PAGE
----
FIG. 11 is an end view of the housing 102. FIG. 11 illustrates the retention latch 214 in a closed position. In the closed position, the jack subassembly is locked within the housing 102 to prevent axial movement and is allowed to rotatewithin the channel 212.

FIG. 12 is a perspective view of a coaxial cable plug connector 300. The cable plug connector 300 includes a housing 302 having a mating end 304 and a wire end 306. The housing 302 is configured to enclose an outer contact assembly 314 (shownin FIG. 13) and a center contact assembly 312 (shown in FIG. 13) housed therein. A coaxial cable 308 extends through the wire end 306 and is electrically coupled to the outer contact assembly 314 and the center contact assembly 312. The outer contactassembly 314 is electrically coupled to a cable braid of the coaxial cable 308. The center contact assembly 312 is electrically coupled to an inner conductor 330 (shown in FIG. 13) of the coaxial cable 308. The outer contact assembly 314 and the centercontact assembly 312 extend towards the mating end 304 of the coaxial cable plug connector 300. A lock 320 retains the center contact assembly 312 and the outer contact assembly 314 within the housing 302. The mating end 304 is configured toelectrically couple to the mating end 104 of the cable jack connector 100 (shown in FIG. 1). The outer contact assembly 314 and the center contact assembly 312 carry an electrical signal through the cable plug connector 300 and the cable jack connector100.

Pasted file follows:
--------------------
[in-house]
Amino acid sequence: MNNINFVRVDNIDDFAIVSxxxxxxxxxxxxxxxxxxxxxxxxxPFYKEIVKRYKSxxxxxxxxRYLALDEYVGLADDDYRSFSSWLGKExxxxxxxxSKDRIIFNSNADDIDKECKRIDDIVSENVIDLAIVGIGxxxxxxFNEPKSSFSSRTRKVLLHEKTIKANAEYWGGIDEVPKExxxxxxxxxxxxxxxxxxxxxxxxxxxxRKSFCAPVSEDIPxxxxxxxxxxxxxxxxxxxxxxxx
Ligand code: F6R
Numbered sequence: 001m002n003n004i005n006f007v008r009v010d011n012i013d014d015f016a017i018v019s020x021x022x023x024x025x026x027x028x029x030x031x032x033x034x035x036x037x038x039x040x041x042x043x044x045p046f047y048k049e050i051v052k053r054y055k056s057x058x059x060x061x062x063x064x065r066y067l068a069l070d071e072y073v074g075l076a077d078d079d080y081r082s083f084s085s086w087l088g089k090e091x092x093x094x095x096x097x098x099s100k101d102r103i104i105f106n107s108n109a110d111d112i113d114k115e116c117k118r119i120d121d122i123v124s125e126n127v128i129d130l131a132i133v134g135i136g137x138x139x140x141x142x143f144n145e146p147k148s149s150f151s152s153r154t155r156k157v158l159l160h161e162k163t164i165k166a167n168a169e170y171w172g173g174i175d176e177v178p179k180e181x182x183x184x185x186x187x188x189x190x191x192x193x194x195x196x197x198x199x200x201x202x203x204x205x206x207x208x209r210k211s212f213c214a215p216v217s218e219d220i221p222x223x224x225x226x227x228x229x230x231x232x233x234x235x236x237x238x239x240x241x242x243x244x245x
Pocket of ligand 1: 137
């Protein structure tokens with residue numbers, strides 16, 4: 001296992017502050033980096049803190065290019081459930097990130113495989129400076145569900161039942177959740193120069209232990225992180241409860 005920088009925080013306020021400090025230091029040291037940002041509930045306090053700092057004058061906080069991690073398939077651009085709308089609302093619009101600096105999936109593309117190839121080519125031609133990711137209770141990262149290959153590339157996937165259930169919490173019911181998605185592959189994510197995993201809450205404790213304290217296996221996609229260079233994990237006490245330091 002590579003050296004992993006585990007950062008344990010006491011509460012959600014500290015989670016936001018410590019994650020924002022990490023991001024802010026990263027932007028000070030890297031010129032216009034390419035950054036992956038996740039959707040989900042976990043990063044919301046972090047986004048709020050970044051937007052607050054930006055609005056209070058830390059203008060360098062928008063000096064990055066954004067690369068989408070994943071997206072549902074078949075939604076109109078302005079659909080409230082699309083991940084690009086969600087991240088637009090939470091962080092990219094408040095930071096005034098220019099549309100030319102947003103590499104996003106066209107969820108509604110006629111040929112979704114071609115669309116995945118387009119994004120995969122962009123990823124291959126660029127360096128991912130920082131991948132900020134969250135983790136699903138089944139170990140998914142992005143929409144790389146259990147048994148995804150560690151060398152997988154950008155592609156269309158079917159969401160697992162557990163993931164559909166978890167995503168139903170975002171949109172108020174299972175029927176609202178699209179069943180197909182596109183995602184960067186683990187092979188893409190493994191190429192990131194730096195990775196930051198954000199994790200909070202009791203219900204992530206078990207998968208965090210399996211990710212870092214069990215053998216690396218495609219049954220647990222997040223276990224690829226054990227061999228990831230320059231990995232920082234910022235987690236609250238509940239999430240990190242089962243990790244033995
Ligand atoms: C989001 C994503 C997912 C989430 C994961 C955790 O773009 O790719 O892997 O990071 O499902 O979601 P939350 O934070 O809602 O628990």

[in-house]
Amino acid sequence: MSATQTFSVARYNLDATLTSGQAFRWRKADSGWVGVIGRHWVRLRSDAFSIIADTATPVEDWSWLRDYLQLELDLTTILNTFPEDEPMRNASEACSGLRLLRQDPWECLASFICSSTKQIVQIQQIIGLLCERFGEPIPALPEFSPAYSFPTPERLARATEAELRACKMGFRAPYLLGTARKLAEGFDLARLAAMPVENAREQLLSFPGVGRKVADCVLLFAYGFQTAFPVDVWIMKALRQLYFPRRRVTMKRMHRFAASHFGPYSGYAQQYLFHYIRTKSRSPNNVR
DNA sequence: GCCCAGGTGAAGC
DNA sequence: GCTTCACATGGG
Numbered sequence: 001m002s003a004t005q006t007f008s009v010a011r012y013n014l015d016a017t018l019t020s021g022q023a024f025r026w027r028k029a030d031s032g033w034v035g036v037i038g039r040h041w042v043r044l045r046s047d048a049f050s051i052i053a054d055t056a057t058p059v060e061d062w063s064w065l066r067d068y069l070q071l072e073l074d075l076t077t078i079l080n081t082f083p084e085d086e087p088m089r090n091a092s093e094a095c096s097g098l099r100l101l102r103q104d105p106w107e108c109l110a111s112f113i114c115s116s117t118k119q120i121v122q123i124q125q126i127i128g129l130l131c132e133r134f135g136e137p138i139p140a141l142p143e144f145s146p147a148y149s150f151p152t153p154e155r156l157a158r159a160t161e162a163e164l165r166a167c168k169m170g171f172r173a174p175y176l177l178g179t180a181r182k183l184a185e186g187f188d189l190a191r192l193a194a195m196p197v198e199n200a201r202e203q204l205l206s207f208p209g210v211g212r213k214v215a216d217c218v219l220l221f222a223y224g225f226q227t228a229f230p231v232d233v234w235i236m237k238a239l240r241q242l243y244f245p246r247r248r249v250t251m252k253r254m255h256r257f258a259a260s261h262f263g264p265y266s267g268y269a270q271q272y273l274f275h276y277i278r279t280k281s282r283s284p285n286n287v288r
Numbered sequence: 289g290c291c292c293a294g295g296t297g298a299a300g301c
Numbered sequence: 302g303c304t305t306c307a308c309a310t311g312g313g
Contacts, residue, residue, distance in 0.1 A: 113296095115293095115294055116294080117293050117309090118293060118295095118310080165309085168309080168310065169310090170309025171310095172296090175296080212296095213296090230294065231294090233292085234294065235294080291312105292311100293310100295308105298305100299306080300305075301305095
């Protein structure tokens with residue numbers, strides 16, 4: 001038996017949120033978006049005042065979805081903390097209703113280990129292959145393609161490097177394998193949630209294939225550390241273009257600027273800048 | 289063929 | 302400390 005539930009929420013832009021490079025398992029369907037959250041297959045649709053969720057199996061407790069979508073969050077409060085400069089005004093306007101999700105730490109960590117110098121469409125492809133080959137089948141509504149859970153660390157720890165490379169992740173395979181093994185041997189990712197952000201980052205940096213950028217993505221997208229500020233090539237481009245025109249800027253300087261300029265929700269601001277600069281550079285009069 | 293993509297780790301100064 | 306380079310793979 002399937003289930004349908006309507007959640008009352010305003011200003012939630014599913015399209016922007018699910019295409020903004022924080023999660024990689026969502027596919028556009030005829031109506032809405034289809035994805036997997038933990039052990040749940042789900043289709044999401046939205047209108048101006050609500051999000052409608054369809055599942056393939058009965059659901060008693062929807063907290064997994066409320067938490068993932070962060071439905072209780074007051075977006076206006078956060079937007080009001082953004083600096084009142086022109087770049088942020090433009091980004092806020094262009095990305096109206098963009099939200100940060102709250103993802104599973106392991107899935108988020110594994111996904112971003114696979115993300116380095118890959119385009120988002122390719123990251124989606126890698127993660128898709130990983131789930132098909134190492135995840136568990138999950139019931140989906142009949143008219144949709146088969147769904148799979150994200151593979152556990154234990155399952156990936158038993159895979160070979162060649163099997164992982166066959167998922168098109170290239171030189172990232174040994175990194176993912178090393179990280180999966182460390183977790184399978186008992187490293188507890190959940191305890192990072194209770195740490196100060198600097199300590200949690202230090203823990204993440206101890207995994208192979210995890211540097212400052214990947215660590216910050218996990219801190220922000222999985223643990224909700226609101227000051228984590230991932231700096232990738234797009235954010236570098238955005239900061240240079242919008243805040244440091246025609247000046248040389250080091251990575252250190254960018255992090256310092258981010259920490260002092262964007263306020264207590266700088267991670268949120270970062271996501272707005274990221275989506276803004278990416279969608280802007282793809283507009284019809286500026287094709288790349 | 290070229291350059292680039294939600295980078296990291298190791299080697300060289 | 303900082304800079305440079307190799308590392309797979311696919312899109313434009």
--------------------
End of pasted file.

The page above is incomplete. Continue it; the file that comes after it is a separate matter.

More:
FIG. 13 is an exploded view of the cable plug connector 300, shown in FIG. 12. The components of the cable plug connector 300 are similar to the components of the cable jack connector 100. The plug connector 300 includes the housing 302, acenter contact assembly 312, an outer contact assembly 314, a dielectric 316, and lock 320. The plug connector 300 is configured to couple to coaxial cable 308. The coaxial cable 308 includes an inner conductor 330. The inner conductor 330electrically couples to the center contact assembly 312. A cable braid of the coaxial cable electrically couples to the outer contact assembly 314. The center contact assembly 312 is received within the dielectric 316. The dielectric 316 is receivedwithin the outer contact assembly 314. The housing 302 encloses the outer contact assembly 314, the dielectric 316, and the center contact assembly 312.